According to Canadian Whisky guru (see note) Davin de Kergommeaux, "This is exactly the same whisky as the 6-year-old mixer, but it has simply been left in the barrel for an additional 14 years." While Davin is mad for this whisky, my own experience was a bit more lukewarm. Perhaps my palate isn't as refined as Davin's, but I'll state, for the record, that this tasting was done from a single 40 ml sample in a single sitting. This whisky was donated by a friend, and I have no idea when the bottle was opened, nor when the sample was poured.
- Nose (undiluted): brown sugar, musty wood (but in a pleasant way), rum raisin ice cream (seriously), caramel corn, orange zest, a bit of menthol
- Palate (undiluted): gentle arrival, brown sugar, toffee, orange zest
- Finish: medium length, caramel corn, orange zest, drying wood tannins, and a slight note of Angostura bitters.
With water, a flat cola note appears on the nose and palate and the whole thing seems to get a bit sweeter. There are some blackberry notes on the finish as well. This is bottled at 40% abv and really doesn't need water. This is very similar to the Canadian Club 12 Year Old. In fact, I'm not sure I'd be able to tell them apart in a blind tasting. The nose of the CC 20 Year Old is a bit deeper and richer, but not significantly different than the 12 year. That's not necessarily a bad thing, but I don't think this is worth the extra twenty bucks.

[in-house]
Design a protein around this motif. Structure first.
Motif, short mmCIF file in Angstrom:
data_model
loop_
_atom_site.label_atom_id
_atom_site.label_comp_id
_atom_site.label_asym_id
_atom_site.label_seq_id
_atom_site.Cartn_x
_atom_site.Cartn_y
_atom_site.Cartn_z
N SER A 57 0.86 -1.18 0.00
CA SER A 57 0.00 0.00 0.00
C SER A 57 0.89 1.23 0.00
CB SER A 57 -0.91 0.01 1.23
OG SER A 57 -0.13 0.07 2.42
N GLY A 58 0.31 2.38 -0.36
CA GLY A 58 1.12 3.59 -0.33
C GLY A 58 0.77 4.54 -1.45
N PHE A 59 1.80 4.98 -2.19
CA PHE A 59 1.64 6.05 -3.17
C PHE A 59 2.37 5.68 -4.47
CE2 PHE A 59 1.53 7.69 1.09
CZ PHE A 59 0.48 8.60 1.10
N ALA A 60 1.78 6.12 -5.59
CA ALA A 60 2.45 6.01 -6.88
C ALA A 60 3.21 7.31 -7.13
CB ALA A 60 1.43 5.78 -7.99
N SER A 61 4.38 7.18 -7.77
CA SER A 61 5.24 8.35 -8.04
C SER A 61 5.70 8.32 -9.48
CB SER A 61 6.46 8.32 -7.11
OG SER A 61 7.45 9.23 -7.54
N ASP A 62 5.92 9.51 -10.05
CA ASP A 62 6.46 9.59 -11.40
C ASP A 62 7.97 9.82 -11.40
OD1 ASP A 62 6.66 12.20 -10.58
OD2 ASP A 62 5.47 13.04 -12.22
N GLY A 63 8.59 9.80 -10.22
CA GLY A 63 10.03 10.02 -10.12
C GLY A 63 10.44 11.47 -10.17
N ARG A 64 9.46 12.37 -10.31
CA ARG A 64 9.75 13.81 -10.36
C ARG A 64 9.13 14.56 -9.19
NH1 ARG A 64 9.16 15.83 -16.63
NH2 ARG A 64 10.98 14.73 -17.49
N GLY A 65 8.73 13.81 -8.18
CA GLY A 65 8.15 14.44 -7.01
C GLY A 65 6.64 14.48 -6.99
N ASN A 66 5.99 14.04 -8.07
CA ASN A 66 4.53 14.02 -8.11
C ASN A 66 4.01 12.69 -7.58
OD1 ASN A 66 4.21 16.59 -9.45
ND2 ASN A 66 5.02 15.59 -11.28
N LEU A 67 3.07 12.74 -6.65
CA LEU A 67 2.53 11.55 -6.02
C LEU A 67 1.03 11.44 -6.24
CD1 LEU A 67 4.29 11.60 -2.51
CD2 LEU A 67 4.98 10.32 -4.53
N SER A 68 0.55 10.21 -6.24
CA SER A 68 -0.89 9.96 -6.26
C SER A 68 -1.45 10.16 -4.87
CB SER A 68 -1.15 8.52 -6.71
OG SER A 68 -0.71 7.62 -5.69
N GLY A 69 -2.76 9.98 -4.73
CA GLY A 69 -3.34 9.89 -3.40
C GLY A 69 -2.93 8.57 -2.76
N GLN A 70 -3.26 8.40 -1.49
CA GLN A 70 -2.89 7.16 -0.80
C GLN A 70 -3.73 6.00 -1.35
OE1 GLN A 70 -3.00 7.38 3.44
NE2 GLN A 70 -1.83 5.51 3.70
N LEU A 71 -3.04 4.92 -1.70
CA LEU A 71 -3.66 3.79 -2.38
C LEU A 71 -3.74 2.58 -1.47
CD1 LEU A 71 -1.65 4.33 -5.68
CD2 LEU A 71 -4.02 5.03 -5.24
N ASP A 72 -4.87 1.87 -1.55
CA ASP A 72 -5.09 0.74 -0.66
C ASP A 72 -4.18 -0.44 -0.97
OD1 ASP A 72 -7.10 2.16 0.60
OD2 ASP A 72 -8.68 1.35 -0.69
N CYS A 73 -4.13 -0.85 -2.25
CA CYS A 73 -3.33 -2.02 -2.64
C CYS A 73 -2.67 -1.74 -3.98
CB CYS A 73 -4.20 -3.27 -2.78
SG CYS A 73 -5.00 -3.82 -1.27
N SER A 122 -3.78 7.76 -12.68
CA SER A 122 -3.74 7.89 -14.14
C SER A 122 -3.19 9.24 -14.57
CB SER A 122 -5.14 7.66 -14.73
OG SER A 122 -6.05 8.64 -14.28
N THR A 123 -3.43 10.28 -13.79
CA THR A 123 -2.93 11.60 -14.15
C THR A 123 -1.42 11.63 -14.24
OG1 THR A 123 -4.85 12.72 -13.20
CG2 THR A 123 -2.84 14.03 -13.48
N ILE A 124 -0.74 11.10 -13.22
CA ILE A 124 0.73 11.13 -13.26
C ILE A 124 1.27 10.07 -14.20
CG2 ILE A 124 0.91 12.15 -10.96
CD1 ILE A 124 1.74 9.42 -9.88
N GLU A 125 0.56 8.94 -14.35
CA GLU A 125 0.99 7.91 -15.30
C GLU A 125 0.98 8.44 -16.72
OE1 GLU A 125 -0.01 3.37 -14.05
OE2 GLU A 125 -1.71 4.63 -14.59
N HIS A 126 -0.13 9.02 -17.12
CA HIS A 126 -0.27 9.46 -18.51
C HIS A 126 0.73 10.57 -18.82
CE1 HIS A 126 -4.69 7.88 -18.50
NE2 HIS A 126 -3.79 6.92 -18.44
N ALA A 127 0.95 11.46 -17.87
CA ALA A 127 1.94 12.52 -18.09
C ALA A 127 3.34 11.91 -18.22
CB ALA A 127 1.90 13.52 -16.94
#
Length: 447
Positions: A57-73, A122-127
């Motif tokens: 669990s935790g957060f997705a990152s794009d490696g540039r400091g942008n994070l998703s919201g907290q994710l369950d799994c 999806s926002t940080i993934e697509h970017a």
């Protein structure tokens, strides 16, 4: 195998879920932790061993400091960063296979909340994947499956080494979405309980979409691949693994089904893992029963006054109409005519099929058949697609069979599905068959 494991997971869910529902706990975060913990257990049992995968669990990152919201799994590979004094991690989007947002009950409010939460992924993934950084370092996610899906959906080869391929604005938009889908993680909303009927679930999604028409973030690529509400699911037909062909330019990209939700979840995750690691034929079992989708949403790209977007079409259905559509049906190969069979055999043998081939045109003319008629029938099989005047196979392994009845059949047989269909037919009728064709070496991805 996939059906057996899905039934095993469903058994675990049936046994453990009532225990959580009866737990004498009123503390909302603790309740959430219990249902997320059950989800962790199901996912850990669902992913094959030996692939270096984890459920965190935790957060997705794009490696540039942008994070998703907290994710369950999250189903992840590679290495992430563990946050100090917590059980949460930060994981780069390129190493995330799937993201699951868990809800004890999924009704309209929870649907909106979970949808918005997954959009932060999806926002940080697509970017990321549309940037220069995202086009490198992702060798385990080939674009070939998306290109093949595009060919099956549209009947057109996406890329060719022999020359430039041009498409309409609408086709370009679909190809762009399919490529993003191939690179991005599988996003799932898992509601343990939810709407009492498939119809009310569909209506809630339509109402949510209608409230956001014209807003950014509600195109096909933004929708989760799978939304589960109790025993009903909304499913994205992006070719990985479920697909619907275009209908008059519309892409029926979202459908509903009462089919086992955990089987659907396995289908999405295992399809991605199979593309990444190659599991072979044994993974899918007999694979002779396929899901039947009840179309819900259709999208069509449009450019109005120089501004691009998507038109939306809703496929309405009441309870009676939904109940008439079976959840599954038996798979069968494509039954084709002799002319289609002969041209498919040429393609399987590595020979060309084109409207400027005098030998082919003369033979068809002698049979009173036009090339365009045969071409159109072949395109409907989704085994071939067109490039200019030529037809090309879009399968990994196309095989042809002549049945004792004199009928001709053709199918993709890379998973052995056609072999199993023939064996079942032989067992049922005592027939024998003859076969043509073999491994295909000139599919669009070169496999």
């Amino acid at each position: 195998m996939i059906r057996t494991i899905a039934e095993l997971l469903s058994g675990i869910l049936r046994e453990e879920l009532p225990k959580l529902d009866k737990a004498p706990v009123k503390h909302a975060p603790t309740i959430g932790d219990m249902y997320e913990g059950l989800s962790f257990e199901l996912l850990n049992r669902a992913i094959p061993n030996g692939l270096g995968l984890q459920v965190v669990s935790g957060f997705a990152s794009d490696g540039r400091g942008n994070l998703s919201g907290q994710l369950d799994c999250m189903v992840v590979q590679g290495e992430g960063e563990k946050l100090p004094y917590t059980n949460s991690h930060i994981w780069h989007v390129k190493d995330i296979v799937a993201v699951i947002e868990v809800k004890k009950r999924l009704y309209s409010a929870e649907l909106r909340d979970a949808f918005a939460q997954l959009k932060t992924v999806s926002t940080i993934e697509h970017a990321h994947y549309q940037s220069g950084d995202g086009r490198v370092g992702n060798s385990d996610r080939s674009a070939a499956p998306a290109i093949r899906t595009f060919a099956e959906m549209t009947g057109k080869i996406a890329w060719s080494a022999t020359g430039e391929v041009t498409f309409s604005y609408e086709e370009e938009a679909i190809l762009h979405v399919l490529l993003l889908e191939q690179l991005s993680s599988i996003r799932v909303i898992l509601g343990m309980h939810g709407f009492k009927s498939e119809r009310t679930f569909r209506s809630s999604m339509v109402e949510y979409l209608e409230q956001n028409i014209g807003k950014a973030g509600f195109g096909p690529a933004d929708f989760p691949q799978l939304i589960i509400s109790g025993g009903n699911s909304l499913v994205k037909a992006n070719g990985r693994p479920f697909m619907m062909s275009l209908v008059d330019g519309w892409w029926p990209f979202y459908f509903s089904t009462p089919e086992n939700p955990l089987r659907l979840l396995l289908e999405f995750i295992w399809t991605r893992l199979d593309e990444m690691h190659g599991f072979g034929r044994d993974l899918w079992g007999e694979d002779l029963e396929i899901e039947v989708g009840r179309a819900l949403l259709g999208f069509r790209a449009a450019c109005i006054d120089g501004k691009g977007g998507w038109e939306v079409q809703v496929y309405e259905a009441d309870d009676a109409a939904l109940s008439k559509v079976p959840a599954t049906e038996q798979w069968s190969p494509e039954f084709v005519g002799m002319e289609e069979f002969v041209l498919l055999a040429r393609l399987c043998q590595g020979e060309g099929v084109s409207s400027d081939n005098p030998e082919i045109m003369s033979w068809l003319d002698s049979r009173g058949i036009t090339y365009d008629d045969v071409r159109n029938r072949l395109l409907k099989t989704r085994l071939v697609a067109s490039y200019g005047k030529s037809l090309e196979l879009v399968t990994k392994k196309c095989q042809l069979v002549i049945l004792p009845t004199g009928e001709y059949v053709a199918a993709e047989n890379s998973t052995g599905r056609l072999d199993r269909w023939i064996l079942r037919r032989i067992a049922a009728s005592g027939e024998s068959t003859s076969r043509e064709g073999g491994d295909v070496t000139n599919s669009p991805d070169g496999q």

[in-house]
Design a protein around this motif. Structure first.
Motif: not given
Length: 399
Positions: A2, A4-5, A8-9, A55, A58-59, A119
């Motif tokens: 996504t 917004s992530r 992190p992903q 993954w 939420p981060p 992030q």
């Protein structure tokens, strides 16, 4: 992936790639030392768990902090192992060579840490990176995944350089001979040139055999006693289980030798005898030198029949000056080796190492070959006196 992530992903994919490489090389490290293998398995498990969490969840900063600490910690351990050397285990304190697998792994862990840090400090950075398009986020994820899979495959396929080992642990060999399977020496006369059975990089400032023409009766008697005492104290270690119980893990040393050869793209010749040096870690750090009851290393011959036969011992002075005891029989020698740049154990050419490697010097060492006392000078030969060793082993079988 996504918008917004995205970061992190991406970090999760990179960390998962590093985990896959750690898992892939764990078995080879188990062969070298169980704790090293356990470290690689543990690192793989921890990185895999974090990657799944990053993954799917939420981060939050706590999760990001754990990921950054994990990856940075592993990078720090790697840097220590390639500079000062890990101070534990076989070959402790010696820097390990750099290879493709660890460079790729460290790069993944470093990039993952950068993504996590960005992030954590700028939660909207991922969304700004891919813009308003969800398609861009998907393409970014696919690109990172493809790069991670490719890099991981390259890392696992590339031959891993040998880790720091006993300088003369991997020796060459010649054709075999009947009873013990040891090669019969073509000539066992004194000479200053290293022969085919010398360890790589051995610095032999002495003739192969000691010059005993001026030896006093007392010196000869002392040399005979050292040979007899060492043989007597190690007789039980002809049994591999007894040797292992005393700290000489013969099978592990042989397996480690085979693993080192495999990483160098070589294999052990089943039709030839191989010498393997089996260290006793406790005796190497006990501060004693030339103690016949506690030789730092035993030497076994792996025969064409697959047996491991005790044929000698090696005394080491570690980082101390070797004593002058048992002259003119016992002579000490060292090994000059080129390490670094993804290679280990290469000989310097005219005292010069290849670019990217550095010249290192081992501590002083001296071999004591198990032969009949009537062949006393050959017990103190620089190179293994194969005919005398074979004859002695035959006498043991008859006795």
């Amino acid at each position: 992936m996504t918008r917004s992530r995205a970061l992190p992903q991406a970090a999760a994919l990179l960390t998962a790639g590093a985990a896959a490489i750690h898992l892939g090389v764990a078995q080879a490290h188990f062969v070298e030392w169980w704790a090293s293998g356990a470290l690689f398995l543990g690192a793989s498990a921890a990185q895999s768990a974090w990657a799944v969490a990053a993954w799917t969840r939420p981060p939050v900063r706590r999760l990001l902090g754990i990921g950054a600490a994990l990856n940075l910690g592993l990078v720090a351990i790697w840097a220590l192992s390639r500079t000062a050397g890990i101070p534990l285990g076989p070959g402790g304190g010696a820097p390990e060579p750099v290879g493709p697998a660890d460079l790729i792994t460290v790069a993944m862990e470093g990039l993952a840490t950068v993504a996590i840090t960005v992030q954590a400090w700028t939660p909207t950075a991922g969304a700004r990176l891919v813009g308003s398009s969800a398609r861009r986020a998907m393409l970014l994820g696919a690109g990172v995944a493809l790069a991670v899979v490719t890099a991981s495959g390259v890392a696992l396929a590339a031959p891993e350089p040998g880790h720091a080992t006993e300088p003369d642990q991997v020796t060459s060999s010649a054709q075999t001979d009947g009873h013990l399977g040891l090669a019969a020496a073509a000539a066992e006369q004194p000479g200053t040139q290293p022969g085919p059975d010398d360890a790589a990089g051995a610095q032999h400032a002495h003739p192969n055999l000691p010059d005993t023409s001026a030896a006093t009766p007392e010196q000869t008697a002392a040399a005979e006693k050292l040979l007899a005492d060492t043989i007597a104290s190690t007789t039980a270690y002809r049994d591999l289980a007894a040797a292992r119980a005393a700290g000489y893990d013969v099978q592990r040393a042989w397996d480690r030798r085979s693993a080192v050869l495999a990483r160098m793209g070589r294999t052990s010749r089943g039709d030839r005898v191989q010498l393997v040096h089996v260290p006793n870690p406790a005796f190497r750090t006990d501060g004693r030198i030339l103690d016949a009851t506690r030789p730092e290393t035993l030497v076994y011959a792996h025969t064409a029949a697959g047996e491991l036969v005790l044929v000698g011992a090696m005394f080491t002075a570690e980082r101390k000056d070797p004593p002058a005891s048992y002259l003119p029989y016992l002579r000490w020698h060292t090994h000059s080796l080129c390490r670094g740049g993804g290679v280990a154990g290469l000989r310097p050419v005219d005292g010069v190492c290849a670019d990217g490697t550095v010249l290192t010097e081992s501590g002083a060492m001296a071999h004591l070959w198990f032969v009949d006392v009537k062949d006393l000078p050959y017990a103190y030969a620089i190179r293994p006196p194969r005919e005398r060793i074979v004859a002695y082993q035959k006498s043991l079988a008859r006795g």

Note: I don't use the term "Canadian whisky guru" pejoratively; I've spoken to Davin through Facebook messenger several times; the man is very knowledgeable and friendly. He is a true gentleman.
Pejoratively, good word. I have expanded my vocabulary reading your review.
Are you implicitly saying that the common reaction to “Canadian whisky guru” would be that it is an oxymoron?